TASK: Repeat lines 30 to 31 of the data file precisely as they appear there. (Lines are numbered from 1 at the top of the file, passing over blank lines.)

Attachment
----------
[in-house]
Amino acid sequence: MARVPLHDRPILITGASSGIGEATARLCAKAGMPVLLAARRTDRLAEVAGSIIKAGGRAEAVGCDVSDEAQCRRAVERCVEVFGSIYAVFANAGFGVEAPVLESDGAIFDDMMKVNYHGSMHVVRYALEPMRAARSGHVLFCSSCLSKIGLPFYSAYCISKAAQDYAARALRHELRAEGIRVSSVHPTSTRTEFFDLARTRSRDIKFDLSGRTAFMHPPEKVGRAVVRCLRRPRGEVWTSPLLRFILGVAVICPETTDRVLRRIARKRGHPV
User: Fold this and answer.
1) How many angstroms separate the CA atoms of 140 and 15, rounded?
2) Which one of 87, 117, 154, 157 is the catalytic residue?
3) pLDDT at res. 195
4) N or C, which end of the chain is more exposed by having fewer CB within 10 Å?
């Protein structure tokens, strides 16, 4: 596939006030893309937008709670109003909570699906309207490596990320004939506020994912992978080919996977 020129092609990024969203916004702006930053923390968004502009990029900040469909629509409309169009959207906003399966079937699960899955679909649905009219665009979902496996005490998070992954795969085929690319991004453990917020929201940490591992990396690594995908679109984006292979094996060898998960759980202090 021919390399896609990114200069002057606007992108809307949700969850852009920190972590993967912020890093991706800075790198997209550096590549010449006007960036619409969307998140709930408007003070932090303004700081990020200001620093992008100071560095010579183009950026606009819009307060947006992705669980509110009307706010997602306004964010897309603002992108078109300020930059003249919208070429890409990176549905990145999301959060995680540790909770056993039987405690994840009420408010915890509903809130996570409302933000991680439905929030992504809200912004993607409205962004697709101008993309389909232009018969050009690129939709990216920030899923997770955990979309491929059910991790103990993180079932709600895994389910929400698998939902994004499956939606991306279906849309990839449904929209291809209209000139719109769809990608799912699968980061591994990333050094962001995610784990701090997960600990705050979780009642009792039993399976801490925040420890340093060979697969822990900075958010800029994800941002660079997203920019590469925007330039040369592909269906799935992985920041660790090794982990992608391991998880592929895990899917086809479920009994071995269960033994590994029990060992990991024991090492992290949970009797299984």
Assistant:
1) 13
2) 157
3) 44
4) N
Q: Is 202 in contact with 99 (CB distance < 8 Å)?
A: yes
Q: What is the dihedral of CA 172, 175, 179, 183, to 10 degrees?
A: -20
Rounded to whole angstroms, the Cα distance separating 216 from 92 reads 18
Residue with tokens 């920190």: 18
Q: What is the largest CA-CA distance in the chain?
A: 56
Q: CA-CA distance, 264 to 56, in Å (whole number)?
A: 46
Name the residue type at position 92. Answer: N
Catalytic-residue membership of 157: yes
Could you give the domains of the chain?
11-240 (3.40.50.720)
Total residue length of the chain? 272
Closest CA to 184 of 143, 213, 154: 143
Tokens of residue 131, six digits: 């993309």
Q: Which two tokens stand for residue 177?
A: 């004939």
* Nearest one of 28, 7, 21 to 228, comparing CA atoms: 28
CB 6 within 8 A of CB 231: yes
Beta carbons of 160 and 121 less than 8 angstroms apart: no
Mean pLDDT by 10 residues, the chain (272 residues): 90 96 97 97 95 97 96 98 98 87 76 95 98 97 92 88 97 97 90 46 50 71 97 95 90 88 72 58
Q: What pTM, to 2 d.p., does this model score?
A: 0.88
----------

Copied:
Tokens of residue 131, six digits: 């993309």
Q: Which two tokens stand for residue 177?